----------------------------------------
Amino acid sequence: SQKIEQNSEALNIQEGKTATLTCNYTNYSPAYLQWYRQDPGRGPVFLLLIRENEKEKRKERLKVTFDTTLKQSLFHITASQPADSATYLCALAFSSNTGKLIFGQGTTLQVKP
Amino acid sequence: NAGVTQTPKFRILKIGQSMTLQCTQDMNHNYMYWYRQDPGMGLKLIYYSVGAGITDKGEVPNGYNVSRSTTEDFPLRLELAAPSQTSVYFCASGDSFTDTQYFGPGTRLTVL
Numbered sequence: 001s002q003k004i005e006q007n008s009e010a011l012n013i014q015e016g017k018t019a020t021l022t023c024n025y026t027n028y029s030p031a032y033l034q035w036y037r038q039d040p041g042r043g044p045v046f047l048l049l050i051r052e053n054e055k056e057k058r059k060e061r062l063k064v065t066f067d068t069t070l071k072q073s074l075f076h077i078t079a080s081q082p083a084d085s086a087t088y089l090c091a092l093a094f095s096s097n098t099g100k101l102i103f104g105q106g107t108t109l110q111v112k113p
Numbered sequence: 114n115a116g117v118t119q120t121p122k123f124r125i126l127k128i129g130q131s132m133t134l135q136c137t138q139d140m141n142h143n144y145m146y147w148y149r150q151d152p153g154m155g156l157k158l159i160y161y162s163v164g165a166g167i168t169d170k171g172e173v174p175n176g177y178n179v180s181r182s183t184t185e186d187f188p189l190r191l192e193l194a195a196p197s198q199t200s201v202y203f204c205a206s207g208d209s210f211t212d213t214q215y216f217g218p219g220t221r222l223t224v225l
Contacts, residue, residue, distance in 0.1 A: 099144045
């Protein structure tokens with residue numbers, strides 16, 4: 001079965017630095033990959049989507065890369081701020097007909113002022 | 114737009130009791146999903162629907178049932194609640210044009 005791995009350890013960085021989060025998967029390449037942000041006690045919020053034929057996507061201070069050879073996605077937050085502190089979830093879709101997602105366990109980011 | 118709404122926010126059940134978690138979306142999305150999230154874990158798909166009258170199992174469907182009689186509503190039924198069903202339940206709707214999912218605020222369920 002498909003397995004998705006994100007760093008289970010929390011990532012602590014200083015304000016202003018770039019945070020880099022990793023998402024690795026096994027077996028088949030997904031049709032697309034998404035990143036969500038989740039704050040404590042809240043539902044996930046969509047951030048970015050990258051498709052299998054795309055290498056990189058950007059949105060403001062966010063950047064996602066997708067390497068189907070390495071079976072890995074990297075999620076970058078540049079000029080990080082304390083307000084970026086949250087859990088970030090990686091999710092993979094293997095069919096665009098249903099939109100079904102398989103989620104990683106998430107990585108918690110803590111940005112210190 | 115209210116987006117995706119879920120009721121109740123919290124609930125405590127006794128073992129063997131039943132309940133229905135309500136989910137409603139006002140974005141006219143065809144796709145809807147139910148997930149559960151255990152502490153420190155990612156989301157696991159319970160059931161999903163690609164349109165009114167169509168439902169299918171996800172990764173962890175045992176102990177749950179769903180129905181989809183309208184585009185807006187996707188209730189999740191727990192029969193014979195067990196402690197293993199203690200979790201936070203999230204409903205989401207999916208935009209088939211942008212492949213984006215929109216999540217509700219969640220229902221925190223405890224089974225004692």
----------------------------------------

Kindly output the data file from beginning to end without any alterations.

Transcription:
Amino acid sequence: SQKIEQNSEALNIQEGKTATLTCNYTNYSPAYLQWYRQDPGRGPVFLLLIRENEKEKRKERLKVTFDTTLKQSLFHITASQPADSATYLCALAFSSNTGKLIFGQGTTLQVKP
Amino acid sequence: NAGVTQTPKFRILKIGQSMTLQCTQDMNHNYMYWYRQDPGMGLKLIYYSVGAGITDKGEVPNGYNVSRSTTEDFPLRLELAAPSQTSVYFCASGDSFTDTQYFGPGTRLTVL
Numbered sequence: 001s002q003k004i005e006q007n008s009e010a011l012n013i014q015e016g017k018t019a020t021l022t023c024n025y026t027n028y029s030p031a032y033l034q035w036y037r038q039d040p041g042r043g044p045v046f047l048l049l050i051r052e053n054e055k056e057k058r059k060e061r062l063k064v065t066f067d068t069t070l071k072q073s074l075f076h077i078t079a080s081q082p083a084d085s086a087t088y089l090c091a092l093a094f095s096s097n098t099g100k101l102i103f104g105q106g107t108t109l110q111v112k113p
Numbered sequence: 114n115a116g117v118t119q120t121p122k123f124r125i126l127k128i129g130q131s132m133t134l135q136c137t138q139d140m141n142h143n144y145m146y147w148y149r150q151d152p153g154m155g156l157k158l159i160y161y162s163v164g165a166g167i168t169d170k171g172e173v174p175n176g177y178n179v180s181r182s183t184t185e186d187f188p189l190r191l192e193l194a195a196p197s198q199t200s201v202y203f204c205a206s207g208d209s210f211t212d213t214q215y216f217g218p219g220t221r222l223t224v225l
Contacts, residue, residue, distance in 0.1 A: 099144045
């Protein structure tokens with residue numbers, strides 16, 4: 001079965017630095033990959049989507065890369081701020097007909113002022 | 114737009130009791146999903162629907178049932194609640210044009 005791995009350890013960085021989060025998967029390449037942000041006690045919020053034929057996507061201070069050879073996605077937050085502190089979830093879709101997602105366990109980011 | 118709404122926010126059940134978690138979306142999305150999230154874990158798909166009258170199992174469907182009689186509503190039924198069903202339940206709707214999912218605020222369920 002498909003397995004998705006994100007760093008289970010929390011990532012602590014200083015304000016202003018770039019945070020880099022990793023998402024690795026096994027077996028088949030997904031049709032697309034998404035990143036969500038989740039704050040404590042809240043539902044996930046969509047951030048970015050990258051498709052299998054795309055290498056990189058950007059949105060403001062966010063950047064996602066997708067390497068189907070390495071079976072890995074990297075999620076970058078540049079000029080990080082304390083307000084970026086949250087859990088970030090990686091999710092993979094293997095069919096665009098249903099939109100079904102398989103989620104990683106998430107990585108918690110803590111940005112210190 | 115209210116987006117995706119879920120009721121109740123919290124609930125405590127006794128073992129063997131039943132309940133229905135309500136989910137409603139006002140974005141006219143065809144796709145809807147139910148997930149559960151255990152502490153420190155990612156989301157696991159319970160059931161999903163690609164349109165009114167169509168439902169299918171996800172990764173962890175045992176102990177749950179769903180129905181989809183309208184585009185807006187996707188209730189999740191727990192029969193014979195067990196402690197293993199203690200979790201936070203999230204409903205989401207999916208935009209088939211942008212492949213984006215929109216999540217509700219969640220229902221925190223405890224089974225004692």